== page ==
The most effective DRS in the world can be found in Norway, colloquially known as “panting”, which has been in operation since the early 2000s. 97% of all plastic drink bottles are returned and less than 1% of all plastic bottles sold in Norway end up in the environment. Most impressively, it is estimated that 92% of all plastic bottles returned are recycled back into plastic bottles, with the chief executive of Infinitum (the private, not-for-profit, operator of the DRS owned by retailers and producers) estimating that some bottles have already been recycled more than fifty times.
Within the Norwegian model, the legislation underpinning the scheme is a single page, with the industry owned body Infinitum entrusted to decide how best to operate the DRS. Infinitum is incentivized to make the scheme as efficient as possible due to an environmental tax placed on all producers of plastic bottles, which is lifted if 95% of all single-use containers are returned.
The Norwegian scheme accepts all polyethylene terephthalate (PET) and aluminium containers if packaging has been designed in line with Infinitum’s guidelines, which ensures that all containers entering the scheme are able to be easily recycled. These guidelines are fundamental to ensure the circular nature of the scheme. For example, it is critical that labels attached to bottles are easily removed without leaving any residue which could inhibit their ability to be recycled. The level of deposit charged varies, with all aluminium and small PET containers set at 2kr (17p) and large (500ml+) PET containers at 3kr (26p). All retailers that sell beverages eligible for the scheme are required to act as a collection point, either via reverse vending machines or as a manual collection point. Additionally, it is also possible for schools/charities to act as manual collection points, which enables them to collect additional revenue. Reverse vending machines also feature an option for the deposit to be donated to the Norwegian Red Cross.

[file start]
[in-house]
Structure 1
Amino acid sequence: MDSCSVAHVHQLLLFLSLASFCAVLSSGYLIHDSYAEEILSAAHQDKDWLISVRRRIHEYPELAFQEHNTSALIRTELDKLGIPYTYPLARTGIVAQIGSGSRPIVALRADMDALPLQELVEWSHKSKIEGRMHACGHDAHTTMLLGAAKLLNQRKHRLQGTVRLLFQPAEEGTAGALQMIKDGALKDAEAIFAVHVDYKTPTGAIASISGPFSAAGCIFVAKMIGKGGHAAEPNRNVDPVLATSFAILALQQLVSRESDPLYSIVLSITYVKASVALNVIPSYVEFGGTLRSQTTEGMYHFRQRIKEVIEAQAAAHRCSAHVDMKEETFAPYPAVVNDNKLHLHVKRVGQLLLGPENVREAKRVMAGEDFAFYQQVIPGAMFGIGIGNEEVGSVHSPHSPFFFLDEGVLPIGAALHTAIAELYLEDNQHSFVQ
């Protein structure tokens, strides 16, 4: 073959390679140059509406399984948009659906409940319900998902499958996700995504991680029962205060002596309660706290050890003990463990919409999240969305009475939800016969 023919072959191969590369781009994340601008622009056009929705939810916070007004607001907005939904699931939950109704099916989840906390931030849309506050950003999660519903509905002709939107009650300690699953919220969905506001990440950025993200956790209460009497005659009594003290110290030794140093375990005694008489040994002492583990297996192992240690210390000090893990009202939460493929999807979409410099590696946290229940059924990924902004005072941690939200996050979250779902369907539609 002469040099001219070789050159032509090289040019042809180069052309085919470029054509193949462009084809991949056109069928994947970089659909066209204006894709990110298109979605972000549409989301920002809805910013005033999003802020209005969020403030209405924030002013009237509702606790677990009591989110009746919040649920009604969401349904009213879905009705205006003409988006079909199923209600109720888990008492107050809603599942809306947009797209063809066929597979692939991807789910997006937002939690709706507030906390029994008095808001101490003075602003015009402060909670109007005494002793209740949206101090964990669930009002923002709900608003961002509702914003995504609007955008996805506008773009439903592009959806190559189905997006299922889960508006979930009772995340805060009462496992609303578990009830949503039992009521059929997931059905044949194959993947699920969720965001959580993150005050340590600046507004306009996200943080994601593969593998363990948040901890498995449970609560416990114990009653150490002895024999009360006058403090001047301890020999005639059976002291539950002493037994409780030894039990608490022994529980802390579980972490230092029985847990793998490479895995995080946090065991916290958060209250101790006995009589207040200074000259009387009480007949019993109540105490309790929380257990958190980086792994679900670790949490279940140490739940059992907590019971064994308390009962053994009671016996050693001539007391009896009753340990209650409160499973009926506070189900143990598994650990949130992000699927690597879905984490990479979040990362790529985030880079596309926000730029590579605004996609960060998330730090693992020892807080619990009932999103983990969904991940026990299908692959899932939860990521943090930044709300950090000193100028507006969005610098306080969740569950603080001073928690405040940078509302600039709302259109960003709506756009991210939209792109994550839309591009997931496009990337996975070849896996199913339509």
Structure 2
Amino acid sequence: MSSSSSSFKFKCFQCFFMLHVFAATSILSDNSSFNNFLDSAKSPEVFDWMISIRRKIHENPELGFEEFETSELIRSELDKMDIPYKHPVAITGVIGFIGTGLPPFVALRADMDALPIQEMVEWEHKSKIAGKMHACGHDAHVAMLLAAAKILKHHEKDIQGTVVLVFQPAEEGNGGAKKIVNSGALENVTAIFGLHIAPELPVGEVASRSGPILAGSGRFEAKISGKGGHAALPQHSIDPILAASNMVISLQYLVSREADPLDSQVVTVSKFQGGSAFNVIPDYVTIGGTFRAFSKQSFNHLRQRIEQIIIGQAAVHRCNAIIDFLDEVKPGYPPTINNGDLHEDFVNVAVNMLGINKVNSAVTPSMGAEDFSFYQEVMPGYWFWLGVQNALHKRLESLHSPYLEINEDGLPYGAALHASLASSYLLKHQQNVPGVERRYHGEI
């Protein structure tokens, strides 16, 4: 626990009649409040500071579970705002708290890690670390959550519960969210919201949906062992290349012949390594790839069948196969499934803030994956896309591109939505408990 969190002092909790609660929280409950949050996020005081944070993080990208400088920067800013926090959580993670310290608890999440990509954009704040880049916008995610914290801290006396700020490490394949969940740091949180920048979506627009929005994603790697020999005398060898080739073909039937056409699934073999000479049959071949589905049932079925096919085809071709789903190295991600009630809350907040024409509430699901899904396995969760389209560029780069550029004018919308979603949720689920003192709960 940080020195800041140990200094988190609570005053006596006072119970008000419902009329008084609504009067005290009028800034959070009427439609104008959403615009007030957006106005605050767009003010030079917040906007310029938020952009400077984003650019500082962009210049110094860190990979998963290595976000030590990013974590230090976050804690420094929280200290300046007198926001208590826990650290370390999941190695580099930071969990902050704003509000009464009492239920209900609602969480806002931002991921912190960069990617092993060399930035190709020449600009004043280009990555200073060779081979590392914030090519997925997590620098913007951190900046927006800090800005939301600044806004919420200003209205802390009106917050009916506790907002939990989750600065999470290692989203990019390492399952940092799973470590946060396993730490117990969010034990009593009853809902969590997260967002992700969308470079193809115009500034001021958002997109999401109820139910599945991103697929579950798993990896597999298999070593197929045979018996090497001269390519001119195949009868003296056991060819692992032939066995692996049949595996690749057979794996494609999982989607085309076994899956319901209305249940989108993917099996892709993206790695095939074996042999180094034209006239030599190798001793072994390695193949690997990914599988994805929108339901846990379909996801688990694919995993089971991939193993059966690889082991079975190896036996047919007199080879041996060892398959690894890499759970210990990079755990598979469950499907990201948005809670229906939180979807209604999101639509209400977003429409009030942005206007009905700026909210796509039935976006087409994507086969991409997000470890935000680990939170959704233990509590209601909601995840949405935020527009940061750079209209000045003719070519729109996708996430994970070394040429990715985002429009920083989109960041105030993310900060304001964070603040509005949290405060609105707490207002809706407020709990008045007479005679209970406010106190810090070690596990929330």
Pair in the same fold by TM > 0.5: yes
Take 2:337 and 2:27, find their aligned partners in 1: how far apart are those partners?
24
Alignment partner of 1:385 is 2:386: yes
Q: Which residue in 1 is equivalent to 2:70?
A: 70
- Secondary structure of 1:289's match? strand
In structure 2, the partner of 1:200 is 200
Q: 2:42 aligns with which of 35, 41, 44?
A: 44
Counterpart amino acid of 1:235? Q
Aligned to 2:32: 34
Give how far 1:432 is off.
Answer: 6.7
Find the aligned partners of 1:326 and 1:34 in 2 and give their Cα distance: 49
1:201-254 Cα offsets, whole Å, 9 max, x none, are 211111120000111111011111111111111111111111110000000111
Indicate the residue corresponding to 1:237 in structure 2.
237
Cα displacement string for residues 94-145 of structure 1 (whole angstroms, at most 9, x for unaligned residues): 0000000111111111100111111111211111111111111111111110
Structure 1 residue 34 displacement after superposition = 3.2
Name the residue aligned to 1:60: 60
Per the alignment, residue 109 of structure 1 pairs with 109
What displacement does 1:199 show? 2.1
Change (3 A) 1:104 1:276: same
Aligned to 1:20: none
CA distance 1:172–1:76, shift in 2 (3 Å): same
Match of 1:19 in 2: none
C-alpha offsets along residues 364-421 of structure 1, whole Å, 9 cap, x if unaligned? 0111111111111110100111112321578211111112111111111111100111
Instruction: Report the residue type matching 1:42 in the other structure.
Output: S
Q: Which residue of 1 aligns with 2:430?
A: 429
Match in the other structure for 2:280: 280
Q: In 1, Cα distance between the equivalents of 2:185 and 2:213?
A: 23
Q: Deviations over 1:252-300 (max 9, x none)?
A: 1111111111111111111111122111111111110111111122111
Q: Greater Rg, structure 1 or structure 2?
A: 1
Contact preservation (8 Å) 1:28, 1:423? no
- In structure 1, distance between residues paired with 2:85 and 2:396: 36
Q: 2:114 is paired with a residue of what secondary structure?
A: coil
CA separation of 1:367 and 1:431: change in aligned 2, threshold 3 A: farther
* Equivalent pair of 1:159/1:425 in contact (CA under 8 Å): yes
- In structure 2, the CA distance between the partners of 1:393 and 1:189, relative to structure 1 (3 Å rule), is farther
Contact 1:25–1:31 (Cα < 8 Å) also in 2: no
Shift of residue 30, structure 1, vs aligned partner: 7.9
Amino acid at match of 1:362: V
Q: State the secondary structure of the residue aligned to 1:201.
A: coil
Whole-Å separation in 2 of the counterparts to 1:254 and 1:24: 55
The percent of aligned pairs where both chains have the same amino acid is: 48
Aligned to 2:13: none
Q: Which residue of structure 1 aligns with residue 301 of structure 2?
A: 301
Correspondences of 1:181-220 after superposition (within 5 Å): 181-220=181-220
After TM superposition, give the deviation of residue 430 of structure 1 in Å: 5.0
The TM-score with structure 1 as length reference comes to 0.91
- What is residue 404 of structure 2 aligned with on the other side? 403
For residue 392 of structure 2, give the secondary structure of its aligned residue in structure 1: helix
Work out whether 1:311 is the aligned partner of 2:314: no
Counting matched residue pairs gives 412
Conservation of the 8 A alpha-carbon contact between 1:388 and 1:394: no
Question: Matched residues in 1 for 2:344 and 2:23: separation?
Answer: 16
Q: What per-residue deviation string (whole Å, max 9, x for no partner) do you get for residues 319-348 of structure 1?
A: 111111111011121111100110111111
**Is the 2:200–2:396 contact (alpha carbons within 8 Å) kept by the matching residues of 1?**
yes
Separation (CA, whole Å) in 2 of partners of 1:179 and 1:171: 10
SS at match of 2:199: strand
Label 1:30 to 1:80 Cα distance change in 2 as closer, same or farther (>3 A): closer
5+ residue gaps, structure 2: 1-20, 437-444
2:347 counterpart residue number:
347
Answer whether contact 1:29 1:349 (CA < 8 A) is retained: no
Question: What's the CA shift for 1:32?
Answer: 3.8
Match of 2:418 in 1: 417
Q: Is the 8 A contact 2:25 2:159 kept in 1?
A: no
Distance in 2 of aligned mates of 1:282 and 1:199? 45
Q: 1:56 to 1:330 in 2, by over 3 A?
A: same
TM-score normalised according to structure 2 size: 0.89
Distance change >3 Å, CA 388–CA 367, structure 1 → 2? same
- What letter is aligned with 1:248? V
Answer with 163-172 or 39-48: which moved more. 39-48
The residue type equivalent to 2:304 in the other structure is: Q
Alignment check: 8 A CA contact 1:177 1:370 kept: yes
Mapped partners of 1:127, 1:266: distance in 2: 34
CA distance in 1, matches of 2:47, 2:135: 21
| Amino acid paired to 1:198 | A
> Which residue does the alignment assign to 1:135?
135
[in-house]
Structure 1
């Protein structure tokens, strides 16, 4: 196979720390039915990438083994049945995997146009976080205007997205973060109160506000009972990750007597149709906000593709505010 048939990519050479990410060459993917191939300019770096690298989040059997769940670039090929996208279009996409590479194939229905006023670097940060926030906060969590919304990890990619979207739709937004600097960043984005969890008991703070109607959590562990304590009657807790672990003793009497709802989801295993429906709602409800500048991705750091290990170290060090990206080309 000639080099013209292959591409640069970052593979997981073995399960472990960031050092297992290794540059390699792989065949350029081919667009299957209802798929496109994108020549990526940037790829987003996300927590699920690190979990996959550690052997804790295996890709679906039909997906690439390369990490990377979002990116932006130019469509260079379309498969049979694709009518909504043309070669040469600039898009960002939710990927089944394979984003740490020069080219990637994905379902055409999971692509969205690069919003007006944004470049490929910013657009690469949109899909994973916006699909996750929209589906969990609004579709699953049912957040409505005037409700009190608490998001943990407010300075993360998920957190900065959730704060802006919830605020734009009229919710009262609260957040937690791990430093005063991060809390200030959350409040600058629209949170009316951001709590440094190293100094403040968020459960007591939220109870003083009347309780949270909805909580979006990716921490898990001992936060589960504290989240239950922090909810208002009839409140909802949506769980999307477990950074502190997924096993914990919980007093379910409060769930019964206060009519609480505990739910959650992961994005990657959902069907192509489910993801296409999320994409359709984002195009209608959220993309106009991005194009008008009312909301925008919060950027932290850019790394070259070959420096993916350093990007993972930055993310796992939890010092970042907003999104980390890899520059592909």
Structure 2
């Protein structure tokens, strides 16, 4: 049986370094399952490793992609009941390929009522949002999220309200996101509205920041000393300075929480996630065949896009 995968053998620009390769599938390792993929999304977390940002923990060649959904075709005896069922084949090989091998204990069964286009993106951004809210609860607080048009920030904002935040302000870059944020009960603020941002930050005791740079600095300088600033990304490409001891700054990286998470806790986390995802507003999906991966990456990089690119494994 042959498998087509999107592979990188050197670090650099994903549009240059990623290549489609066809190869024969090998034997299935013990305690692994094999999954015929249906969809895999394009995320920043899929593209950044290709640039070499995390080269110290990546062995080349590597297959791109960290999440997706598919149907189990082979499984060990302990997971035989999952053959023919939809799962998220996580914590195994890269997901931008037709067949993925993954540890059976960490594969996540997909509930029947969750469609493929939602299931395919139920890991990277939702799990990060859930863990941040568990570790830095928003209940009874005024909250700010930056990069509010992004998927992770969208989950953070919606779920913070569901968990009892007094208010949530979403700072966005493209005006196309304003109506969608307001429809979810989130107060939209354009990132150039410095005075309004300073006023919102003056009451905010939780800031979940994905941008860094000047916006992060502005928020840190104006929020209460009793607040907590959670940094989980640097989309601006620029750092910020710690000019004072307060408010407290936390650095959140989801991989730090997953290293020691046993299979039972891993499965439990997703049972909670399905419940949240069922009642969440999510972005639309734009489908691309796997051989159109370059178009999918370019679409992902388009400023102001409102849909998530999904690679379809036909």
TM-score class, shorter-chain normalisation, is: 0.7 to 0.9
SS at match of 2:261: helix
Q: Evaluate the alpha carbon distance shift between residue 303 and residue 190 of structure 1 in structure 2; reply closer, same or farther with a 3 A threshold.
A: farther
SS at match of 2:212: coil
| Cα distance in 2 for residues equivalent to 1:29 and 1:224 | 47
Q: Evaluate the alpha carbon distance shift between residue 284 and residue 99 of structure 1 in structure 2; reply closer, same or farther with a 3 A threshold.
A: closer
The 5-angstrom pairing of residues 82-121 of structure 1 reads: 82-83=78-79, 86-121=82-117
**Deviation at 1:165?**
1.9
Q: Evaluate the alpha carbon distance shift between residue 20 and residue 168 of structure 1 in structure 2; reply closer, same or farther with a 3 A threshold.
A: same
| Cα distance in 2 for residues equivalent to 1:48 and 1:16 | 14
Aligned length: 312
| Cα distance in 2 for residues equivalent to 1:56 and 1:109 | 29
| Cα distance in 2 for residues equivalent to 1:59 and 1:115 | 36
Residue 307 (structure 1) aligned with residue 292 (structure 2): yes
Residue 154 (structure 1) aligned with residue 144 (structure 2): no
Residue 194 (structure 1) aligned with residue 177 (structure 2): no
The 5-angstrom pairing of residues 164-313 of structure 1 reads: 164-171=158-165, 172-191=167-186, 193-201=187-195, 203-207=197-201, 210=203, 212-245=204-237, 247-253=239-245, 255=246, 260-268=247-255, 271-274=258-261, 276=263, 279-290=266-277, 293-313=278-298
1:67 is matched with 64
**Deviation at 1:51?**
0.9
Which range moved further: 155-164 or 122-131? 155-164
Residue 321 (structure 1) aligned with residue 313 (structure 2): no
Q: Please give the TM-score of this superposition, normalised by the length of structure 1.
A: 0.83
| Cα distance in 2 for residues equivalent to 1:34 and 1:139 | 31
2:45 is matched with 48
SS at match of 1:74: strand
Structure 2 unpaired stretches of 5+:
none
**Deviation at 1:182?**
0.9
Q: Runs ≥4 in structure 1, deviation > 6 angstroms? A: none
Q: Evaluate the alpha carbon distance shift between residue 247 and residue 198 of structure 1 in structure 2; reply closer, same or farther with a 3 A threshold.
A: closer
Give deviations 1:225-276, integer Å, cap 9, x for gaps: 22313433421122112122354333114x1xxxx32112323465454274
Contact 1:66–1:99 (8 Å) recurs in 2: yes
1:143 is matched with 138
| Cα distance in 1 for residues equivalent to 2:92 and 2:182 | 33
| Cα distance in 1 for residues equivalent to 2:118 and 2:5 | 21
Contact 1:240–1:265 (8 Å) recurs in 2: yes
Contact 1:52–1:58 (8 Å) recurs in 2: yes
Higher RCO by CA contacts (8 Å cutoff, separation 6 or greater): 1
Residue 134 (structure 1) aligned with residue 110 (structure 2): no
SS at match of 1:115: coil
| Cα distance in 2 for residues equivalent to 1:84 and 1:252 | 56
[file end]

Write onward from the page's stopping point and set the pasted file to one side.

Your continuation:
In short, the design of the Norwegian DRS has largely been left in the hands of the industry itself, who are incentivised to ensure it operates effectively in order to receive a tax reduction. This has enabled the creation of a truly circular system where everything from the design of the packaging itself to how containers are collected has been meticulously planned. The statistics speak for themselves: with 97% of all plastic drink containers returned and 92% of these containers then re-purposed into new containers, it is fair to say that Norway’s DRS is world leading.